Having again failed on Friday to break a deadlock on the allocation of key cabinet posts in a national unity government, President Robert Mugabe of Zimbabwe and the heads of the two wings of the Movement for Democratic Change agreed to ask former South African President Thabo Mbeki to resume mediation in the power-sharing process, political sources said.
Justice Minister Patrick Chinamasa told VOA that Mr. Mugabe, MDC founder and prime minister-designate Morgan Tsvangirai and MDC formation leader and deputy prime minister-designate Arthur Mutambara met for
an hour at Zimbabwe House, Mugabe's official residence and reached agreement to call Mbeki back in as mediator.
mediated the power-sharing pact signed by the three principals Sept. 15.
Chinamasa, chief negotiator in the April-September power-sharing discussions for President Mugabe's ZANU-PF, had stated earlier that
mediation was not needed.
Chamisa, spokesman of Tsvangirai's MDC formation, told reporter Blessing Zulu of VOA's Studio 7 for Zimbabwe that ZANU-PF and the MDC were "three miles apart" and that Mbeki's involvement was indispensable to
break the impasse.
Spokesman Edwin Mushoriwa of the MDC Mutamabara formation said Mbeki was expected to arrive in Harare to begin his mediation effort some time next week.
Zimbabwean Ambassador to the United Nations Boniface Chidyausiku said in an interview that progress has been
hampered by Western nations bent on reversing the gains of independence, not by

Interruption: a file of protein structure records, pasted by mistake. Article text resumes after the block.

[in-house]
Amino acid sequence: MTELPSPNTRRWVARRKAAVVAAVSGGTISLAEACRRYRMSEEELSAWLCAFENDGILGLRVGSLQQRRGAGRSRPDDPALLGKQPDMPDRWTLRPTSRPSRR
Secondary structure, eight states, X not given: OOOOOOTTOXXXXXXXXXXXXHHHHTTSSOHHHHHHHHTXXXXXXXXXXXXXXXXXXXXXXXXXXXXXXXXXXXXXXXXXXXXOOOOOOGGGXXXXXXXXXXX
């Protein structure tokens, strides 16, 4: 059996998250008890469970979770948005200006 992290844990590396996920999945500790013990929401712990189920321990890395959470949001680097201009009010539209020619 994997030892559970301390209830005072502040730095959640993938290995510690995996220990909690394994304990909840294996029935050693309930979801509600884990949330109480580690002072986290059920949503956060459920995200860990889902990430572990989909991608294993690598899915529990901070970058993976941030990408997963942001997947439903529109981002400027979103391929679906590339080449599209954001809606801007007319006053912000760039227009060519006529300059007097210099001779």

ZANU-PF intransigence, as some have suggested.
Lawyer and political
analyst Teressa Mugadza said difficulties forming a cabinet signal many more challenges ahead for what Zimbabweans call an "all-inclusive" government.
News reports late Friday said Chinamasa had provided state media with a list of ministries allocated to the three parties in the power-sharing arrangement, suggesting that ZANU-PF would retain nearly all of the most important ministries including Defense, Home Affairs, Foreign Affairs, Justice and Finance. The Tsvangirai MDC formation was to control the Economic Planning, Health, Labor and Sport ministries, among others.
But a footnote to the list indicated that "there is still a debate" on Finance.
Many observers say it is essential for the reconstruction of Zimbabwe that the MDC, long in opposition, control Finance or otherwise international donors will be highly reluctant to provide the funding needed to stabilize the macro-economy and rebuild infrastructure.More reports from VOA's Studio 7 for Zimbabwe...